A monumental figure in the development of Rhythm and Blues, James Brown was a one-of-a-kind musical visionary whose influence is as massive as the larger-than-life stage persona that spawned such superlative nicknames as the Godfather of Soul, Mr. Dynamite, and the Hardest-Working Man In Show Business. In a recording career that spanned six decades, Brown’s innovations helped to build the foundation of Soul, Dance music, and especially Funk, while his electrifying performances established him as one of contemporary music's best-known and best-loved icons.
Growing up poor and largely on his own, in and around Augusta, Georgia, Brown was exposed early to Gospel music. He began singing in local talent shows as a child, and served a short prison term for robbery, before joining his friend Bobby Byrd's group the Gospel Starlighters. That outfit morphed into a secular R&B act called the Avons, which later became the Famous Flames. The group signed to the Cincinnati, Ohio, label Federal, and worked the network of small Southern clubs known as the "chitlin' circuit." As the group's lead singer and eventual leader, Brown began to develop a reputation as a tirelessly athletic live performer while scoring late-50s R&B hits with "Please Please Please" and "Try Me." The milestone 1963 album Live at the Apollo captured the intensity of Brown's live shows.
By the second half of the 60s, Brown had evolved toward a more distinctive and rhythmically sophisticated approach that manifested itself on such hits as "Papa's Got a Brand New Bag," "I Got You (I Feel Good)," "It's a Man's Man's Man's World," Cold Sweat" (which has been cited by some as the first Funk song) and the socially conscious "Say It Loud, I'm Black and I'm Proud, Pt. 1," each of which hit the No. 1 slot on the R&B charts while also reaching the Pop Top 10. Around this time Brown, a.k.a. “Soul Brother Number One,” emerged as a potent figure in the emerging Black Power movement, his songs — in particular “Say It Loud,” which was embraced as something of an anthem — both reflecting and galvanizing the movement.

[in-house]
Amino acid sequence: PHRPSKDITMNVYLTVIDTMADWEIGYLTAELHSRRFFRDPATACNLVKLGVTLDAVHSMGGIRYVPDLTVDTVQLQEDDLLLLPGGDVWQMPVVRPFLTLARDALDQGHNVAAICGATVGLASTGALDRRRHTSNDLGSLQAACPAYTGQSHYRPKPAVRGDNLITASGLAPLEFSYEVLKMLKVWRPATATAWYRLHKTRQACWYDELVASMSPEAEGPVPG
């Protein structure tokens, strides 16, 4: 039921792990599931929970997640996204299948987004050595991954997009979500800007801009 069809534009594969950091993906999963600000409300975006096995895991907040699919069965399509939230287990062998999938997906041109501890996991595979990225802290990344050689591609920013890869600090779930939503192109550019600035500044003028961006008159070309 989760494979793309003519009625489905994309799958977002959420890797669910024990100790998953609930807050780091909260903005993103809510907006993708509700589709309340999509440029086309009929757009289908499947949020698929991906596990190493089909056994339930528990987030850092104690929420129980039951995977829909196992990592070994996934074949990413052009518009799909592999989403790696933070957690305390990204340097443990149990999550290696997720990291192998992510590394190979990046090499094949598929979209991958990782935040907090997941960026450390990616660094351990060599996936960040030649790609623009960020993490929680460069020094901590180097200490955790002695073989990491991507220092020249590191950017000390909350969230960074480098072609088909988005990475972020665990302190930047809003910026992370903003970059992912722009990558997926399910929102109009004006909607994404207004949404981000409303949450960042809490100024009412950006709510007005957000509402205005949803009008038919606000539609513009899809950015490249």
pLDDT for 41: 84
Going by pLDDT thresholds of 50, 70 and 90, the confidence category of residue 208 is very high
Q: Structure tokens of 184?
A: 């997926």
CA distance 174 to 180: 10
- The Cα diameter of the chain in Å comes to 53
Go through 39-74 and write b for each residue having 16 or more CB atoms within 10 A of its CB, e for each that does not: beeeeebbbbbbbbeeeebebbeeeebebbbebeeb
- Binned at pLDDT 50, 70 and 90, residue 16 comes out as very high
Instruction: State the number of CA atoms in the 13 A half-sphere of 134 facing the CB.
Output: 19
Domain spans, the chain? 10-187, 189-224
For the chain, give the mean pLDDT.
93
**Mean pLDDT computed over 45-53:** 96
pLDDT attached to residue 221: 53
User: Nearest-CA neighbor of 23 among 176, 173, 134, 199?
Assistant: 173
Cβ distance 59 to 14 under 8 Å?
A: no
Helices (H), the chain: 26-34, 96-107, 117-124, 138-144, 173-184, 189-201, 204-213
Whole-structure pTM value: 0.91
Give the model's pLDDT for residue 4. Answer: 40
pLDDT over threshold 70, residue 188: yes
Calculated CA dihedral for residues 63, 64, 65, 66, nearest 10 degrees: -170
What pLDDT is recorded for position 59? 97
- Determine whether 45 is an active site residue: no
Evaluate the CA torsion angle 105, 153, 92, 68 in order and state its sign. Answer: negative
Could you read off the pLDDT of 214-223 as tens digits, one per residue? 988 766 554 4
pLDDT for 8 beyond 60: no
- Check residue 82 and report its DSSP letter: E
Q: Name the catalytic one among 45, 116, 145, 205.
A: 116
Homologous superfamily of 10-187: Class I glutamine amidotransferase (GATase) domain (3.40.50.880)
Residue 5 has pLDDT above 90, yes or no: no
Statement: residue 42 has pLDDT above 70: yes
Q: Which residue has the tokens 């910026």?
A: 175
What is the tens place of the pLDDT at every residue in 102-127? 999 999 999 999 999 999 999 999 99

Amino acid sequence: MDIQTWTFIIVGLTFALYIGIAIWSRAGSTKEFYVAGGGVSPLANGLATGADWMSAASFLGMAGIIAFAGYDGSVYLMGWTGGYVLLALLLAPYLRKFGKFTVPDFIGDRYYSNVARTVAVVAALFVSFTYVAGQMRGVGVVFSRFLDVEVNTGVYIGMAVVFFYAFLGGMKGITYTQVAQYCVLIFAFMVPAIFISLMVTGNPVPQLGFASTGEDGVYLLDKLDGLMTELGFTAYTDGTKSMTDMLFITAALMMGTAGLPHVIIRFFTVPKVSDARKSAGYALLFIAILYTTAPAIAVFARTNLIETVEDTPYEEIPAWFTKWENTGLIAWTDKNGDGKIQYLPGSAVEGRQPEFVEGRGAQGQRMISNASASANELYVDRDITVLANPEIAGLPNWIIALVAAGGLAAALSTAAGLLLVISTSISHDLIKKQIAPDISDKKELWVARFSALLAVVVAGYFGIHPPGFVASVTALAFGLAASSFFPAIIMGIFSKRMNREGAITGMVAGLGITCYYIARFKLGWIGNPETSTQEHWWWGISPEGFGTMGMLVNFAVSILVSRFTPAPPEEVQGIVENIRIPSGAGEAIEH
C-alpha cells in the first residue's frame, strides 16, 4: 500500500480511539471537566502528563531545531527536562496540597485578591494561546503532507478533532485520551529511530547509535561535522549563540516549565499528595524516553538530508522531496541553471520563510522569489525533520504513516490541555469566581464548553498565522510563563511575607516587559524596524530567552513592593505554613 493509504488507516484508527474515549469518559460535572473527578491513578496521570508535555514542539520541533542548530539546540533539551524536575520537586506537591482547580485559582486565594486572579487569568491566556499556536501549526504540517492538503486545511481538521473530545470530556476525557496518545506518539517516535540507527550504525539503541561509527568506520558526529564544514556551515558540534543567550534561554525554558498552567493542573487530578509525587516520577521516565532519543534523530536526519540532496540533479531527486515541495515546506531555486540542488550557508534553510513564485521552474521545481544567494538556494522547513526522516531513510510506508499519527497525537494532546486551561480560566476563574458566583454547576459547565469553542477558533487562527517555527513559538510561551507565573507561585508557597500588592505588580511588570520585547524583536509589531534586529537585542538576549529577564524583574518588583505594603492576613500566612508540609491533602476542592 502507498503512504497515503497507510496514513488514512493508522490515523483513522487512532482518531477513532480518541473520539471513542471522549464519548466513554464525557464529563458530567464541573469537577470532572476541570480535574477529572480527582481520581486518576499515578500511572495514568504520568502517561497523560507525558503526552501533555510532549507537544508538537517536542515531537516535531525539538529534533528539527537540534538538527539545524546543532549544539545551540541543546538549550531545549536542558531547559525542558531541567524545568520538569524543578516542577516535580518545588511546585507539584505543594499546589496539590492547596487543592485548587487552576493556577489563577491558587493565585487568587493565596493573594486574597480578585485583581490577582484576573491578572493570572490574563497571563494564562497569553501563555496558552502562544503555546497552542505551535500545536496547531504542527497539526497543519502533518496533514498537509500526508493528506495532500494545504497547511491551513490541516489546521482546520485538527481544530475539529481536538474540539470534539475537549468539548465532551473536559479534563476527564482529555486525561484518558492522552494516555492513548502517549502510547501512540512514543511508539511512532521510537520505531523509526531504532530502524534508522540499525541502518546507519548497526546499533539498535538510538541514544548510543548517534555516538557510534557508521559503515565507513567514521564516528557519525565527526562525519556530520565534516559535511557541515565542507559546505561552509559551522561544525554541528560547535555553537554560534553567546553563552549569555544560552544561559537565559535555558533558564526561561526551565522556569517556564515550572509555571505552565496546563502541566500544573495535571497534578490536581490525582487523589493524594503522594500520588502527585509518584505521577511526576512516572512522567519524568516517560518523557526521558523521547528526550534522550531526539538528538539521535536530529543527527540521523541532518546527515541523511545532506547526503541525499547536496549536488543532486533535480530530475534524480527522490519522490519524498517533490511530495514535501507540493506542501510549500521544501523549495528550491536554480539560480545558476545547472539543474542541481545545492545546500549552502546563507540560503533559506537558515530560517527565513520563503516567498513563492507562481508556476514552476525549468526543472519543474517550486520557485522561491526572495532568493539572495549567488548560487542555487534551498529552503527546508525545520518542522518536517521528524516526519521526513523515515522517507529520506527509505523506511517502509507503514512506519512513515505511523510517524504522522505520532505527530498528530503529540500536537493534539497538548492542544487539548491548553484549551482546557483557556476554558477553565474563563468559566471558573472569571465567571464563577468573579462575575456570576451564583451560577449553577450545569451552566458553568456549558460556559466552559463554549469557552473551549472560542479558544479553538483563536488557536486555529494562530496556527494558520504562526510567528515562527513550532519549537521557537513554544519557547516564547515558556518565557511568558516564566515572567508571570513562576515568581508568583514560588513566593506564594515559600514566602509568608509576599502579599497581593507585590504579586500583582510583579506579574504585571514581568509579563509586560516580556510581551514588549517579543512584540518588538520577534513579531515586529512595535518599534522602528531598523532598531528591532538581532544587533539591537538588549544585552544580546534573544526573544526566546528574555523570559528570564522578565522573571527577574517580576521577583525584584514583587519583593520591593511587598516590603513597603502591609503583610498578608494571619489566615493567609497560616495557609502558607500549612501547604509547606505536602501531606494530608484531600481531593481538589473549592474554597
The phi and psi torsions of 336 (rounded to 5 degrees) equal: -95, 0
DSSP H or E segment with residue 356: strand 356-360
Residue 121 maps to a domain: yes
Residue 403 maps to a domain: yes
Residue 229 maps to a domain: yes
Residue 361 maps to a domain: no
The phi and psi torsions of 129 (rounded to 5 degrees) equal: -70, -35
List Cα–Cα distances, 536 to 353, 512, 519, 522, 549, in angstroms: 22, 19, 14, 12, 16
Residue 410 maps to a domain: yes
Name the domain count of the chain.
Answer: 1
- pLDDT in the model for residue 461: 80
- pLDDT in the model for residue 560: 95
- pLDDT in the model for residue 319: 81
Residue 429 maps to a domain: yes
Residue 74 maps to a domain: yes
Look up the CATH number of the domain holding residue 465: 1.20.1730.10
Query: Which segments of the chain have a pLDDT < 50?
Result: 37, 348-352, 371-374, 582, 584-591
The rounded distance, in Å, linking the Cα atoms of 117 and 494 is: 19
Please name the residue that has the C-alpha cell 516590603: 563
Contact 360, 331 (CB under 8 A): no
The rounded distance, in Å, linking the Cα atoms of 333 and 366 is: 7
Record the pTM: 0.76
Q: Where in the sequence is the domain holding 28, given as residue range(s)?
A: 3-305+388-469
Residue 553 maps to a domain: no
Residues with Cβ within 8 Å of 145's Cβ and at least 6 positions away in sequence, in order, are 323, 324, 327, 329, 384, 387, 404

By the early 70s, Brown had carved out an ambitious, wholly distinctive Funk sound that drove such hits as "Get Up (I Feel Like Being a) Sex Machine," "Super Bad," "Hot Pants," "Get on the Good Foot," and "The Payback." Brown's Funk style combined R&B's propulsive drive with some of the rhythmic complexity and precision of Jazz, emphasizing interlocking, syncopated bass, drum, and guitar rhythms. The artist's ambitious musical ideas were executed by his handpicked bands, which Brown drilled with martial precision.
Brown remained prolific and inventive through the 70s, while continuing to write and produce records for a variety of other protégés, sidekicks, and friends, including Bobby Byrd, Lyn Collins, Marva Whitney, and Fred Wesley & the J.B.'s.
Although he never lost his iconic status, Brown's stature as a hitmaker and cutting-edge creative force had faded by the 80s. He managed one more Top 10 hit, 1985's "Living In America," which, tellingly, was written and produced by Dan Hartman rather than Brown himself. Despite that comeback hit, within a few years Brown was making headlines for his scrapes with the law rather than for his music. In 1988, he was arrested twice, first for drugs and weapons charges, and then after a high-speed car chase with police. For the latter, he was sentenced to six years in prison on a variety offenses; he was released in 1991.
Despite his high-profile legal problems, Brown remained one of music's foremost showmen, and continued performing and recording up until his death in 2006.